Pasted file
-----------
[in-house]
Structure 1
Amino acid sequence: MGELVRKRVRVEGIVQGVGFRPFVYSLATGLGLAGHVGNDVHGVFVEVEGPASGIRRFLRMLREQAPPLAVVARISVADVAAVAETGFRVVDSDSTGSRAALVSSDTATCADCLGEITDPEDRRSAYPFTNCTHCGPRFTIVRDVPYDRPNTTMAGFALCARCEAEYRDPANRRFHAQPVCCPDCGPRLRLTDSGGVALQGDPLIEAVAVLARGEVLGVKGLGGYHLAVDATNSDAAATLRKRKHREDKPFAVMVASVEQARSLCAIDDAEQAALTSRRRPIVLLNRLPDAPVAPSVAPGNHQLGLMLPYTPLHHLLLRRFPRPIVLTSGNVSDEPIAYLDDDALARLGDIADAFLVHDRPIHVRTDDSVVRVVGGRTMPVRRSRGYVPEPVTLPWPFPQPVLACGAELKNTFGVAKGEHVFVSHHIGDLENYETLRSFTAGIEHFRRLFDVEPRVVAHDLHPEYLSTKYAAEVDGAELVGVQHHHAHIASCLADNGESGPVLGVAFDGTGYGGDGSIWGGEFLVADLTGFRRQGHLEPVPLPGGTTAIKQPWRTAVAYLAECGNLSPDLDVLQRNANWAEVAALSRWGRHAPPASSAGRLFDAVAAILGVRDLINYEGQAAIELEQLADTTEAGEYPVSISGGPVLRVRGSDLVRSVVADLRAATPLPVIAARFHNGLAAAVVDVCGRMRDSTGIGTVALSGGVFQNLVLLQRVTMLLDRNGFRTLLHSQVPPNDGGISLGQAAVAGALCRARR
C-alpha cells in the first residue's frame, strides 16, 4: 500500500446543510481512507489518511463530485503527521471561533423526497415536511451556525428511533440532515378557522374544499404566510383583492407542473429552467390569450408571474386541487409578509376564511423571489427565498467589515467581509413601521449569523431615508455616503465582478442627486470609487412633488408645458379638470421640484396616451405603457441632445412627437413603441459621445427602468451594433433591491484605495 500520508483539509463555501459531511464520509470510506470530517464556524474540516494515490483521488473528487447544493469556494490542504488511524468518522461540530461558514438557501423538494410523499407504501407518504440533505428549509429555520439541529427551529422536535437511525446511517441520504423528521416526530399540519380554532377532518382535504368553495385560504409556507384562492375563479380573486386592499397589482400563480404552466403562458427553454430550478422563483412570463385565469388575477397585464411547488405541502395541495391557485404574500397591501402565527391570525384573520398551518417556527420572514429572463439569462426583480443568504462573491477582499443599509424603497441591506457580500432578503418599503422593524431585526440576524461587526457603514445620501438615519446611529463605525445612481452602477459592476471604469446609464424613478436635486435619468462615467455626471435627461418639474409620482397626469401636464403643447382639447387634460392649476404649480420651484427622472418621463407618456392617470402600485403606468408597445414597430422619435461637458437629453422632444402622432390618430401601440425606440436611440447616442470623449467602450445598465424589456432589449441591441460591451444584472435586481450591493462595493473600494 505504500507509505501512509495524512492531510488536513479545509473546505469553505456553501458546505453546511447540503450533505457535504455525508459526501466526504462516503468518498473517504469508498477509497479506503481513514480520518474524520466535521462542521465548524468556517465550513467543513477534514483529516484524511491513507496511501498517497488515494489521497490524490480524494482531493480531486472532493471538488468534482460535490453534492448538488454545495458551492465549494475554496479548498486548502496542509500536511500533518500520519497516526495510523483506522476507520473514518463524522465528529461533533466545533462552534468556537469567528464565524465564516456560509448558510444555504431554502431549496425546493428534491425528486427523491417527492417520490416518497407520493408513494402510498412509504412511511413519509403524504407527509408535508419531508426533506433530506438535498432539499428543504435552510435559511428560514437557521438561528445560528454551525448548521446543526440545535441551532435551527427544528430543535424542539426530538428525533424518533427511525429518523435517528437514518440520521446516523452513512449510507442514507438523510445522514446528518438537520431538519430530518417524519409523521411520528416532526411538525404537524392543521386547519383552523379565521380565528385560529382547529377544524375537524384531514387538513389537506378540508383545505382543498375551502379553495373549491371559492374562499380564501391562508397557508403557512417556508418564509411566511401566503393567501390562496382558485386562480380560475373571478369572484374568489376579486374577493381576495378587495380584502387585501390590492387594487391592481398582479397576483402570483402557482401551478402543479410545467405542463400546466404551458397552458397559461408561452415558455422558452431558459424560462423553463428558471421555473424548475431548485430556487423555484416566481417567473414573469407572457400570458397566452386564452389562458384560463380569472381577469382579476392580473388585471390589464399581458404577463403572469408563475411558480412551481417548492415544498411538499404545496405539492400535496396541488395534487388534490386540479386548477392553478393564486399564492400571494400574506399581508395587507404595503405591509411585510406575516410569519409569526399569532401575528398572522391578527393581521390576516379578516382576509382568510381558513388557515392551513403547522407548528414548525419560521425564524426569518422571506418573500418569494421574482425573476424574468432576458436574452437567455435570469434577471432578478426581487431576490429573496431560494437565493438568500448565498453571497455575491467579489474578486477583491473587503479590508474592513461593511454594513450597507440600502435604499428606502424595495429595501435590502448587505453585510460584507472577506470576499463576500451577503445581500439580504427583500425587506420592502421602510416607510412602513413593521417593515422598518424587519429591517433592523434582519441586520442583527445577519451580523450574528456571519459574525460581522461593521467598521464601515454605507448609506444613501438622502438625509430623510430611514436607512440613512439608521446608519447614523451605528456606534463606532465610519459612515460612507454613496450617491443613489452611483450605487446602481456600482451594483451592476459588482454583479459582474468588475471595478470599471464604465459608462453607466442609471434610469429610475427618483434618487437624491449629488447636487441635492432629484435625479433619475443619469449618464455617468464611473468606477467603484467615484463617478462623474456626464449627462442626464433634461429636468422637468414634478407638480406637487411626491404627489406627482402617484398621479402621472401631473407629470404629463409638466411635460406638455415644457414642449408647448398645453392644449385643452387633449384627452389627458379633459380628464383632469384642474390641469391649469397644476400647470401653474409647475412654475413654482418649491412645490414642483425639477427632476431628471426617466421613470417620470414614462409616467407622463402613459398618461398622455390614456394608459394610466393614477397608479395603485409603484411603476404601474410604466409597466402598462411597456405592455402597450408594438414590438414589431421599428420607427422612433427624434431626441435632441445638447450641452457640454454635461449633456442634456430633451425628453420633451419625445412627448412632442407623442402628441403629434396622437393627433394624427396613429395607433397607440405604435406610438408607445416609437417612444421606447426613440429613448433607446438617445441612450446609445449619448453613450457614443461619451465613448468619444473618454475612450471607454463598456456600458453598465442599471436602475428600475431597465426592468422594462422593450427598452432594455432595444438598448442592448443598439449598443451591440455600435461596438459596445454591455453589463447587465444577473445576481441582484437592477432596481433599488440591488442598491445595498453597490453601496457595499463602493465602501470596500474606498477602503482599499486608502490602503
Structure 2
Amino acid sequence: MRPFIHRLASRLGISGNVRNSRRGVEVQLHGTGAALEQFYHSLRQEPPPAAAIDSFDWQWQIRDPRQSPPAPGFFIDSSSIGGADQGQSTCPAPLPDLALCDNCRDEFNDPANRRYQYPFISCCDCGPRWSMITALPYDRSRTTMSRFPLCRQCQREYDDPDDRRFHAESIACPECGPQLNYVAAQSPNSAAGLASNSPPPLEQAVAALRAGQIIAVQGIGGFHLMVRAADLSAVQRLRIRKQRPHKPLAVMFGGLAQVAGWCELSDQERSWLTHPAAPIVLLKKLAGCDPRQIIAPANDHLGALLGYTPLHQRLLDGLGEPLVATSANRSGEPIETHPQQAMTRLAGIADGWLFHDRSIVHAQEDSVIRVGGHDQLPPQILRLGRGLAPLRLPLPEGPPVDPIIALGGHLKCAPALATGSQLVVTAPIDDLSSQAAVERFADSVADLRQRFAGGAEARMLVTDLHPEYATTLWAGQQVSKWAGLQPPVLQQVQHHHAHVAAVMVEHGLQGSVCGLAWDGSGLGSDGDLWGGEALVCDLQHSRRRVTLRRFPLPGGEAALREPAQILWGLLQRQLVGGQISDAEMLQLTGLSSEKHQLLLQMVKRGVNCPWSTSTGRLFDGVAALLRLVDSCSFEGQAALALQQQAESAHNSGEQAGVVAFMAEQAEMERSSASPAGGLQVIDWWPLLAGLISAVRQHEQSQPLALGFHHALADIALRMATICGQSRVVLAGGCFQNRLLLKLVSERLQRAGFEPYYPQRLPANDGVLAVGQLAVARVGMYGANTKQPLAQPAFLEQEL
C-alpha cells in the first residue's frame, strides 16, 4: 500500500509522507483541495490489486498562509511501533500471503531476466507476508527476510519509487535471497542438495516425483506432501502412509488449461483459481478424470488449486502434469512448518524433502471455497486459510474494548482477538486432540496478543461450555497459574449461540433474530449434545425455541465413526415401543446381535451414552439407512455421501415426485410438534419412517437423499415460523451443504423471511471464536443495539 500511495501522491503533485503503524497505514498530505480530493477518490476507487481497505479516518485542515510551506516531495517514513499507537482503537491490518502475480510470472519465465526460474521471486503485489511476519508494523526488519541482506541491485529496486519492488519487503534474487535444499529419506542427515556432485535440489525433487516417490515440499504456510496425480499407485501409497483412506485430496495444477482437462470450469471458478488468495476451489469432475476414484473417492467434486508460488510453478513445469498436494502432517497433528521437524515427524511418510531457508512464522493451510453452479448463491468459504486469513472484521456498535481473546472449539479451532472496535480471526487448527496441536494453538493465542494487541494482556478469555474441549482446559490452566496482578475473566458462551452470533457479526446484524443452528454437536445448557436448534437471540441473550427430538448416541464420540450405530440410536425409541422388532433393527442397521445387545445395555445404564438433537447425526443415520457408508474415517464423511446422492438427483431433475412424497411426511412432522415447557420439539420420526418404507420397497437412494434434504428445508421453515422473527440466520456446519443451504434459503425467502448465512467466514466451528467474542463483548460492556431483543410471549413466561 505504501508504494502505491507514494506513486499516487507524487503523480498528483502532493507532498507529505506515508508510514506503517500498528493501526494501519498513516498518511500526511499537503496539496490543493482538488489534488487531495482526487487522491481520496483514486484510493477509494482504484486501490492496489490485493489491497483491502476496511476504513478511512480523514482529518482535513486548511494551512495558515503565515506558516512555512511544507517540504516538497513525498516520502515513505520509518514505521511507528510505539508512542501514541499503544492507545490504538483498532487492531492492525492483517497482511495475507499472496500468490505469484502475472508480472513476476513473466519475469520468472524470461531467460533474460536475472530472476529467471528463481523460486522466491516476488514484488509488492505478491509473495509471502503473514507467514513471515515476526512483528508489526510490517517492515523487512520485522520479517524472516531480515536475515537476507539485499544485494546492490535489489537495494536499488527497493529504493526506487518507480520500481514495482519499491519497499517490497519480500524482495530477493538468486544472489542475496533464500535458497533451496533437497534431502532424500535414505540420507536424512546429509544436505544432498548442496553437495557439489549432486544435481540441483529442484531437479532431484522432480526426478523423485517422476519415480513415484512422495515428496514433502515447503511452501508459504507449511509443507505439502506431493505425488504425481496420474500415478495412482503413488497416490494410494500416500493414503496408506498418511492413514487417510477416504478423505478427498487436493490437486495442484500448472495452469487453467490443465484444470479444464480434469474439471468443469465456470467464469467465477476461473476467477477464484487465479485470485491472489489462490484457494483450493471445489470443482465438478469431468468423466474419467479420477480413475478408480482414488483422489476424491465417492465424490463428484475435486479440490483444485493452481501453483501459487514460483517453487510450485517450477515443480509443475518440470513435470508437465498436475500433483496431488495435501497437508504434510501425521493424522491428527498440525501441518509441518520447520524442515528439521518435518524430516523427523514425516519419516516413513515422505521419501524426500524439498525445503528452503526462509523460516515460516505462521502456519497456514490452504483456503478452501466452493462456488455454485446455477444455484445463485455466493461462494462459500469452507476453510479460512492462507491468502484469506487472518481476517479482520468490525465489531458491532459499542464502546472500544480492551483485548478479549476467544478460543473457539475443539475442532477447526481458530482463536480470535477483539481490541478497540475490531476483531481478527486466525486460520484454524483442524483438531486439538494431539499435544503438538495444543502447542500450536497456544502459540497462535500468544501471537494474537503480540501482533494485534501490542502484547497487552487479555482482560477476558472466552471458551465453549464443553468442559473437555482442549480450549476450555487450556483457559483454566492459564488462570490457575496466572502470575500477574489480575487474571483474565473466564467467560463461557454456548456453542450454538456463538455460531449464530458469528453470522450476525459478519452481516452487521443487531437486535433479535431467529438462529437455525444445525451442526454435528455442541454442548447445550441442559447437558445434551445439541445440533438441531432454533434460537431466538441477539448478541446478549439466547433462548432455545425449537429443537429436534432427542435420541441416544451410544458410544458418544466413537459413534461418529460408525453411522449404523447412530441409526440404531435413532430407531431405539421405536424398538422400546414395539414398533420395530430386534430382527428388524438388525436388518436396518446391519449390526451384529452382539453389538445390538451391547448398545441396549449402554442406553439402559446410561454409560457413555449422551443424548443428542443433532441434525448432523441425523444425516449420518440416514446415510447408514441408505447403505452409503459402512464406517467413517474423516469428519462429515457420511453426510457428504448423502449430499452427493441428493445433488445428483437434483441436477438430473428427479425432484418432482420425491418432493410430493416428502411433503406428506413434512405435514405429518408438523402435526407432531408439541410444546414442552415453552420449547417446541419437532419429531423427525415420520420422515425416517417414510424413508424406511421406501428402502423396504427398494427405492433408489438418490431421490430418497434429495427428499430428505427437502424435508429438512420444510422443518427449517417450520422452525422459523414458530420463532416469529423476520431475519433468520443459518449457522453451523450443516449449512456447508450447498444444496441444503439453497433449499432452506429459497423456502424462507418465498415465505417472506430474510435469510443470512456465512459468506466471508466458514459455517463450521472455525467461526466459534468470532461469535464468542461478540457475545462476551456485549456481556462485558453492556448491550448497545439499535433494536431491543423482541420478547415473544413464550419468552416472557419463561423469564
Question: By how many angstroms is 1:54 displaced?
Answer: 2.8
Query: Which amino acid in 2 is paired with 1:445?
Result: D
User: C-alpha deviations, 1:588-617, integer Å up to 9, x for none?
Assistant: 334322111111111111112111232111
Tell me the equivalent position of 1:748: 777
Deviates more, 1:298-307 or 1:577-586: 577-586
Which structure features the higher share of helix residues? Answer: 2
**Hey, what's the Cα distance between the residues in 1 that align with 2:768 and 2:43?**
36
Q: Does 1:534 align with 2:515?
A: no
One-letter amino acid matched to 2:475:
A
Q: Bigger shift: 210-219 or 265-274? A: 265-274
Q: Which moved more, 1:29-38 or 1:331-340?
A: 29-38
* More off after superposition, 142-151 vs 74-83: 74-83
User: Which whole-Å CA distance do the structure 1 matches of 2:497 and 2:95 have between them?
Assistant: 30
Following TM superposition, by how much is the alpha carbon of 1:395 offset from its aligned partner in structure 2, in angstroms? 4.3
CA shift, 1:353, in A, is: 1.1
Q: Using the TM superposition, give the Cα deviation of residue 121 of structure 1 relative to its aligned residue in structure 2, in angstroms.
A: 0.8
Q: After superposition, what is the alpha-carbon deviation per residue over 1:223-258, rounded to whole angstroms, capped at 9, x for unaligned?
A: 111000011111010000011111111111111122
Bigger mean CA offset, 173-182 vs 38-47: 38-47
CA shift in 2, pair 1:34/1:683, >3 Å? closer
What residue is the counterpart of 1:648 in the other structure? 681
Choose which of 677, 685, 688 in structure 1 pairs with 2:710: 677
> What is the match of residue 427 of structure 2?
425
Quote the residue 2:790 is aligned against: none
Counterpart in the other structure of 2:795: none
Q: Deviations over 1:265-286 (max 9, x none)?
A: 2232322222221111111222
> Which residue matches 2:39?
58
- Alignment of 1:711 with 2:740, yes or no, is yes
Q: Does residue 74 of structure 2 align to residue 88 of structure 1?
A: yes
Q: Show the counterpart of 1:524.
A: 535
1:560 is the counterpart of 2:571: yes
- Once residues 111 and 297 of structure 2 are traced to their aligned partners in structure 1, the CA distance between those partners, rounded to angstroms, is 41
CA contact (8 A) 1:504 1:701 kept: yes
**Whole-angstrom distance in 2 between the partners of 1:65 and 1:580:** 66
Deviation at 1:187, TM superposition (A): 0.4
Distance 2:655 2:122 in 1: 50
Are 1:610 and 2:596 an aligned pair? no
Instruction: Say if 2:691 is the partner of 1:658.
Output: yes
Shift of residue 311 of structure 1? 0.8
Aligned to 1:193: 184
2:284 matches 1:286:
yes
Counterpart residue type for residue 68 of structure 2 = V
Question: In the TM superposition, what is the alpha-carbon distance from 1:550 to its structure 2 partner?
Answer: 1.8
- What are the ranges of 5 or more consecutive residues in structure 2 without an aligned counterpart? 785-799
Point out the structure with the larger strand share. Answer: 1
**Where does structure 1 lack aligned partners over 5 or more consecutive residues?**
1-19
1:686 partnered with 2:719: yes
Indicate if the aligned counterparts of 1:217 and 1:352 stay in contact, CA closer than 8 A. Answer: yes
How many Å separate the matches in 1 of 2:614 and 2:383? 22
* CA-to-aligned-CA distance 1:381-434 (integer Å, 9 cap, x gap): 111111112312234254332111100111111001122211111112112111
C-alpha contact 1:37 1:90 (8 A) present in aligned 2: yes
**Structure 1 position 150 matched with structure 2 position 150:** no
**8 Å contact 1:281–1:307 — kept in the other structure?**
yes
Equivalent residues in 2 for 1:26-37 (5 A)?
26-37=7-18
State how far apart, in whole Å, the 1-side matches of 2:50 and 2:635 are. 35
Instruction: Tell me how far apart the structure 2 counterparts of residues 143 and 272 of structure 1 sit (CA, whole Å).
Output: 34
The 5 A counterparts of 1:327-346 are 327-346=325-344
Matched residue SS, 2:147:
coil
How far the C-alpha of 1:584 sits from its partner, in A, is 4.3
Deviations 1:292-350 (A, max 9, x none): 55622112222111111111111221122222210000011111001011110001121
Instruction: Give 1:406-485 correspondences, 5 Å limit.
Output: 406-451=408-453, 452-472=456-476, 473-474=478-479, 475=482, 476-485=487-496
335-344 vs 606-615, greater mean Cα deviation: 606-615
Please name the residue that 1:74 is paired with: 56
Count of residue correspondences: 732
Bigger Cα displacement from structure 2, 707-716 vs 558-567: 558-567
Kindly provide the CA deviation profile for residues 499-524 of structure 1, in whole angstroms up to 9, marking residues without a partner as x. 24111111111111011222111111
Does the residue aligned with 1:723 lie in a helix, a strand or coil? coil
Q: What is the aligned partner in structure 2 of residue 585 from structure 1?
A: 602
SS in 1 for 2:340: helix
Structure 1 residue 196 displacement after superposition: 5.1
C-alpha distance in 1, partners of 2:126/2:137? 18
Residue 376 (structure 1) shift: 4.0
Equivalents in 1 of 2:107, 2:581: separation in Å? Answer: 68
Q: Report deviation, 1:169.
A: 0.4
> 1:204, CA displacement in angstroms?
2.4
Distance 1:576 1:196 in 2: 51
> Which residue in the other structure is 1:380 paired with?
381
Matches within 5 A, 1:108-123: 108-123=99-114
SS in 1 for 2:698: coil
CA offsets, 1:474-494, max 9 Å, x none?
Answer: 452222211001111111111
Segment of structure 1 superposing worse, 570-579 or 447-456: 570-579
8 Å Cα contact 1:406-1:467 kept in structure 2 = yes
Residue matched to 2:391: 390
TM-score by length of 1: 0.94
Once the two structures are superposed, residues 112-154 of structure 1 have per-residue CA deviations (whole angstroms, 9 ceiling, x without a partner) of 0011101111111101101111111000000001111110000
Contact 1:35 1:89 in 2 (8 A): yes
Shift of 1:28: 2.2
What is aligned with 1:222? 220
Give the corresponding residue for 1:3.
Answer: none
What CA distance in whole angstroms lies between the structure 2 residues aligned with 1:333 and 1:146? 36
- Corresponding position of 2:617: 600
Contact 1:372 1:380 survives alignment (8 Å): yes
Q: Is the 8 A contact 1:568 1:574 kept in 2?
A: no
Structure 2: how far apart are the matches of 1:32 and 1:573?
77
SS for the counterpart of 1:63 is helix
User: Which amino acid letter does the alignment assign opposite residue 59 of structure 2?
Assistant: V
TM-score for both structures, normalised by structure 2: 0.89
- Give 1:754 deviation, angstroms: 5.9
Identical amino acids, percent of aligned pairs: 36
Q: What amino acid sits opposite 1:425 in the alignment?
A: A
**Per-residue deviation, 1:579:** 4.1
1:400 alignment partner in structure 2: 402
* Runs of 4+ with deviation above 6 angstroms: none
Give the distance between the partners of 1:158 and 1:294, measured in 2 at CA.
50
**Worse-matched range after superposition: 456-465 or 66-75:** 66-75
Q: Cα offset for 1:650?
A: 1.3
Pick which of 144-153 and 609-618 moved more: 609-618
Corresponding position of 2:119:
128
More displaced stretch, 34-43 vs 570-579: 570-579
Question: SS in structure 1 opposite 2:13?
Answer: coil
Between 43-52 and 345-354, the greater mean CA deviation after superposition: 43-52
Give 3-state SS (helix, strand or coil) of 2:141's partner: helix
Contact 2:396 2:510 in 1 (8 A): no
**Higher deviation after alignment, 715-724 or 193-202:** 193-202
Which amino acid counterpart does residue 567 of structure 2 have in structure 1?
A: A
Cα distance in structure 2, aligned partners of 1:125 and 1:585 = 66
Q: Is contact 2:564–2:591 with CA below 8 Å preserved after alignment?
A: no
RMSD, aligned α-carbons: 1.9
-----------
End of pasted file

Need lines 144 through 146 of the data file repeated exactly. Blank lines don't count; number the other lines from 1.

Give the distance between the partners of 1:158 and 1:294, measured in 2 at CA.
50
**Worse-matched range after superposition: 456-465 or 66-75:** 66-75